Will frack­ing cause crack­ing in La­bor cau­cus?

NT News - - NEWS - HAY­LEY SORENSEN Po­lit­i­cal re­porter

WHICH­EVER side of the fence they stand on, Ter­ri­to­ri­ans – pun­ters, politi­cians and every­one in be­tween – feel strongly about frack­ing.

There is un­der­stand­able com­mu­nity angst about the NT’s abil­ity to reg­u­late an on­shore gas in­dus­try.

The Mon­tara oil spill and con­tam­i­na­tion from the McArthur River mine have eroded pub­lic trust.

The lack of trust was ac­knowl­edged in the panel’s fi­nal re­port, which quoted a na­tional sur­vey con­ducted by the CSIRO in 2016 and early 2017. The sur­vey found Ter­ri­to­ri­ans per­ceived gov­er­nance ca­pac­ity to be “sig­nif­i­cantly poorer” than res­i­dents of other ju­ris­dic­tions.

That lack of trust ex­tends to the min­ers – Ter­ri­to­ri­ans have far less trust than other Aus­tralians in min­ing com­pa­nies to do the right thing.

In Kather­ine, a town deal­ing with con­tam­i­na­tion of its wa­ter by PFAS chem­i­cals, most res­i­dents are ve­he­mently op­posed to frack­ing.

San­dra Nel­son is the seat’s first La­bor mem­ber. Her elec­tion came on the slimmest of mar­gins. Kather­ine res­i­dents who voted for her and the mora­to­rium will feel be­trayed and will make their un­hap­pi­ness known at the next elec­tion.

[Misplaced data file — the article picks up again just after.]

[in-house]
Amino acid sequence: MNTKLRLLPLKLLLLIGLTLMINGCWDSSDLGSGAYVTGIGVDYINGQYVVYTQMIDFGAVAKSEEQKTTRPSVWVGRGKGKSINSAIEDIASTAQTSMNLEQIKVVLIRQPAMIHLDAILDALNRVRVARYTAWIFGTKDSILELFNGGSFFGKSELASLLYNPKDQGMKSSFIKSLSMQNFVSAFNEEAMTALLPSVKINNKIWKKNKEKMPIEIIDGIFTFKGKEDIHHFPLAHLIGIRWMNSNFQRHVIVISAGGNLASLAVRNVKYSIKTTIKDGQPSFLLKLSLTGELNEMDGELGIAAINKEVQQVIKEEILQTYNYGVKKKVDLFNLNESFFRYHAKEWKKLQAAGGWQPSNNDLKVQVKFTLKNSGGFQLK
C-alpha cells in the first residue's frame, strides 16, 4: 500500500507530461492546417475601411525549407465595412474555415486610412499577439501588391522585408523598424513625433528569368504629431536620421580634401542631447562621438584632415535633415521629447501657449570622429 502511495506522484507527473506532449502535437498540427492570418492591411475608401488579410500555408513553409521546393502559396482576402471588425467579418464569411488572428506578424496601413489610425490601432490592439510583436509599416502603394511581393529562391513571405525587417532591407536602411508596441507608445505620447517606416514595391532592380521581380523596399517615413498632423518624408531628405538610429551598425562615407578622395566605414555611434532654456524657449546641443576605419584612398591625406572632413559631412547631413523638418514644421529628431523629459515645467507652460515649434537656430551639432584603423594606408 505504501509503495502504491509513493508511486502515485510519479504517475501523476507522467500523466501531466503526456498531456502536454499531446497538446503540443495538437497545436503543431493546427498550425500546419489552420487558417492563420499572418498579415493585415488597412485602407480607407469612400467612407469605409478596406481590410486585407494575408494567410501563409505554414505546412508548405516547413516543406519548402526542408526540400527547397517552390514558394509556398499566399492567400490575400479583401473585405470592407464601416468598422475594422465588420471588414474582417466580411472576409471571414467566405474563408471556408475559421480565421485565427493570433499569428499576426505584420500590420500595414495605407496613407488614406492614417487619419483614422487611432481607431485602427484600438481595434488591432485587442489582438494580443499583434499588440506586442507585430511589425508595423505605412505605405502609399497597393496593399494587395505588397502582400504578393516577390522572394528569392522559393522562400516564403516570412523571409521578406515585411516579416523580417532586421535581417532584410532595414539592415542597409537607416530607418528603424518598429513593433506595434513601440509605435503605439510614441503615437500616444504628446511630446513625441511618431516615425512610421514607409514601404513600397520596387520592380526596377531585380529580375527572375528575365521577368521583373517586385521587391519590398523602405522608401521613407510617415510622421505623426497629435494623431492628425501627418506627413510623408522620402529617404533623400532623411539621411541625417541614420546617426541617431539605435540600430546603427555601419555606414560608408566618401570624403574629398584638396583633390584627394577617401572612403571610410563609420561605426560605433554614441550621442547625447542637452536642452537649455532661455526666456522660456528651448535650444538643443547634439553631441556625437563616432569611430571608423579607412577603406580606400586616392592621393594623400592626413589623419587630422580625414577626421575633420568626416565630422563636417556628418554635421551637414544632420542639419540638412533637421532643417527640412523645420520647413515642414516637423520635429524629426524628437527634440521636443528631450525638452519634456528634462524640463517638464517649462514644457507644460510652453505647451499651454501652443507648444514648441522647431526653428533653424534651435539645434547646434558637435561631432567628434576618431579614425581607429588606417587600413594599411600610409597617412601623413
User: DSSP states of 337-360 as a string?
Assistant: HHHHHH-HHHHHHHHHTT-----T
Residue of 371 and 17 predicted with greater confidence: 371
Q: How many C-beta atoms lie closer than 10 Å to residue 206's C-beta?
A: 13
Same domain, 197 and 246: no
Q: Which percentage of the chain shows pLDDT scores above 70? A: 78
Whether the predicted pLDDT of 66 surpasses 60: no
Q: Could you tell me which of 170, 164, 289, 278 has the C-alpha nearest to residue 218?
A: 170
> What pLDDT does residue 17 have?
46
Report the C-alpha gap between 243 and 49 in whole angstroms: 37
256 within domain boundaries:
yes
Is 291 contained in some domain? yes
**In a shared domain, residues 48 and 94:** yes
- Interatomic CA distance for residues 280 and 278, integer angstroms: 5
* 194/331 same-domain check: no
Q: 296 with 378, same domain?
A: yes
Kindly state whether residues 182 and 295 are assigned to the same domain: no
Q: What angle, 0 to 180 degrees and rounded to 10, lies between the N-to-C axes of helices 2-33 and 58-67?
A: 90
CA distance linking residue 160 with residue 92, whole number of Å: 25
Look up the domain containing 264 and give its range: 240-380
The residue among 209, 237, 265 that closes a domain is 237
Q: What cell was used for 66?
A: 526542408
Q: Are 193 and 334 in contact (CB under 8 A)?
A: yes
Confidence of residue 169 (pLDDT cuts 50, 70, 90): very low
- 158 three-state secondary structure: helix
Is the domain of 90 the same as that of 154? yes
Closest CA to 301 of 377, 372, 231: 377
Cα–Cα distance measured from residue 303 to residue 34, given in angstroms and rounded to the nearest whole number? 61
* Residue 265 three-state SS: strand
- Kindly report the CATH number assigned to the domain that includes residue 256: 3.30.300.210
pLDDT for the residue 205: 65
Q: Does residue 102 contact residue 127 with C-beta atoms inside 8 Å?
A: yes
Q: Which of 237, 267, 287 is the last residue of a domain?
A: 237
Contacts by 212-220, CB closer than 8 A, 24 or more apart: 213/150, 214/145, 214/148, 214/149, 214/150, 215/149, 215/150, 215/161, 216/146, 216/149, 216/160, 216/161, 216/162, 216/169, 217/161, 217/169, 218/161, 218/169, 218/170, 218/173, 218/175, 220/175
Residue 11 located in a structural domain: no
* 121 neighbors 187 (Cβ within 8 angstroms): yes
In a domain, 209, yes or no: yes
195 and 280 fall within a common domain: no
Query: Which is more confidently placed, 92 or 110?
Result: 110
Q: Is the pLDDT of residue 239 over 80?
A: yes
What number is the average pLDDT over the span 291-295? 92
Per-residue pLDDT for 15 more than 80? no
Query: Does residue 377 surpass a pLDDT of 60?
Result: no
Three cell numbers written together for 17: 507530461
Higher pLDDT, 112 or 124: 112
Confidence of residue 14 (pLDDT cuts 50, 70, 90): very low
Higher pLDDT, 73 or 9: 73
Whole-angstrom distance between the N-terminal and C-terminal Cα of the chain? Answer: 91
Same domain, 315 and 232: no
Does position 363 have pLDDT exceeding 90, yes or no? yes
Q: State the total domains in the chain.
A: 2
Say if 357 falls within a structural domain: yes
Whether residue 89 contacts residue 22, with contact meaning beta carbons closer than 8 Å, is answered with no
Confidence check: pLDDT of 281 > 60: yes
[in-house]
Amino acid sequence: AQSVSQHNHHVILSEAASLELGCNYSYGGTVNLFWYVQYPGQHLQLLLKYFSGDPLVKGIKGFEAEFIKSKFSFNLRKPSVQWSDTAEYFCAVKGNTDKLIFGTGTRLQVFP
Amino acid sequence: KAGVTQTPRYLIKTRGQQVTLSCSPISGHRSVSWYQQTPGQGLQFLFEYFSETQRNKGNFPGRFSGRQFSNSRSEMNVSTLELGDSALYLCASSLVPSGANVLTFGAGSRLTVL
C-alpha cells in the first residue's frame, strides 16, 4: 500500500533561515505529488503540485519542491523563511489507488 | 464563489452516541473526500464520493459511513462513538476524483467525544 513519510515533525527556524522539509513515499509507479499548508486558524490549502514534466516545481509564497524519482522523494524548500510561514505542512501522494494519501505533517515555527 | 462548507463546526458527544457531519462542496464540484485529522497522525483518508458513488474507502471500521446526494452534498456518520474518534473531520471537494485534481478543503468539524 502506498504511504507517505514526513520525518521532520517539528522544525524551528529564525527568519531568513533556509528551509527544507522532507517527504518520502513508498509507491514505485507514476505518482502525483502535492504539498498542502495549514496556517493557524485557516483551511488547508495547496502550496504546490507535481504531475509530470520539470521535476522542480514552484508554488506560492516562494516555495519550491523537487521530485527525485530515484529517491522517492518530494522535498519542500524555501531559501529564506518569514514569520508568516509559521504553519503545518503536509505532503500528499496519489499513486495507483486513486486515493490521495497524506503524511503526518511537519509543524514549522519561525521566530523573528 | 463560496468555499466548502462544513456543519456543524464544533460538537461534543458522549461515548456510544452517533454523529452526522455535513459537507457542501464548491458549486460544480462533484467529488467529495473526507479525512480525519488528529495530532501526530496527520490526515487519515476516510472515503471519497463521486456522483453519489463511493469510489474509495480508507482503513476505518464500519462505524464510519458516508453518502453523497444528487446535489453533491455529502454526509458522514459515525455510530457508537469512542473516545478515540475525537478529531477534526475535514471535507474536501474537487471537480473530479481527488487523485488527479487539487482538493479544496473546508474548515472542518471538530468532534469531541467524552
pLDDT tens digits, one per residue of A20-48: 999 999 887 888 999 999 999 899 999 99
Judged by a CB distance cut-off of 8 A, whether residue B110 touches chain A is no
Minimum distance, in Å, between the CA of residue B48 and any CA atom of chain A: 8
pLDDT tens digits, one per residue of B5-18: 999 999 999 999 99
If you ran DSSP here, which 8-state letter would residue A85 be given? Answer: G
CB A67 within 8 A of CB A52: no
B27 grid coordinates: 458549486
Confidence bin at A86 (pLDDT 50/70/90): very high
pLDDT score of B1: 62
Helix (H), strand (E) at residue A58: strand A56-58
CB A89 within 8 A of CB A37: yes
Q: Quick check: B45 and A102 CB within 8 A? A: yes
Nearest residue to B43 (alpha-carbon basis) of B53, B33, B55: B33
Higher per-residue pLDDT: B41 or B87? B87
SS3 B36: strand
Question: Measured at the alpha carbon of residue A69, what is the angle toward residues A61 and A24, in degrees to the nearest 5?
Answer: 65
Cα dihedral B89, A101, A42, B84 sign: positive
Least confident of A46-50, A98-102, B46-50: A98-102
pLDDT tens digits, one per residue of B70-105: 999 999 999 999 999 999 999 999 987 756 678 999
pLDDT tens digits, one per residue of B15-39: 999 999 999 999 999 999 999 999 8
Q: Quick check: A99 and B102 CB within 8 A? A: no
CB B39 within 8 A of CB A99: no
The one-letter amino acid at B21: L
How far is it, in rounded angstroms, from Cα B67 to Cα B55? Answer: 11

Ms Nel­son and Na­matjira MLA Chansey Paech made al­most iden­ti­cal posts to Face­book fea­tur­ing pho­tographs of them­selves stand­ing next to anti-frack­ing pro­test­ers with care­fully worded state­ments sup­port­ing veto rights of Tra­di­tional Own­ers granted through the Com­mon­wealth’s Land Rights Act. Those rights were never threat­ened, and the state­ments don’t go so far as to voice op­po­si­tion to their party’s de­ci­sion, but Ms Nel­son and Mr Paech must hope they will re­duce their cul­pa­bil­ity with their con­stituents.

Chief Min­is­ter Michael Gun­ner wouldn’t com­ment on the in­ter­nal frac­tures within cau­cus, but ac­knowl­edged mem­bers had strong views.

When asked if he be­lieved his Gov­ern­ment would face a voter back­lash, Mr Gun­ner said: “In ev­ery elec­torate in the NT there are peo­ple who be­lieve pas­sion­ately on this is­sue one way or an­other. There comes a point in time though when you have to make a de­ci­sion. Whether it makes me po­lit­i­cally vul­ner­a­ble or not, that can be some­one else’s assess­ment. For me, I al­ways have to go about try­ing to make the best de­ci­sion I can for the Ter­ri­tory. I be­lieve I have done that.”

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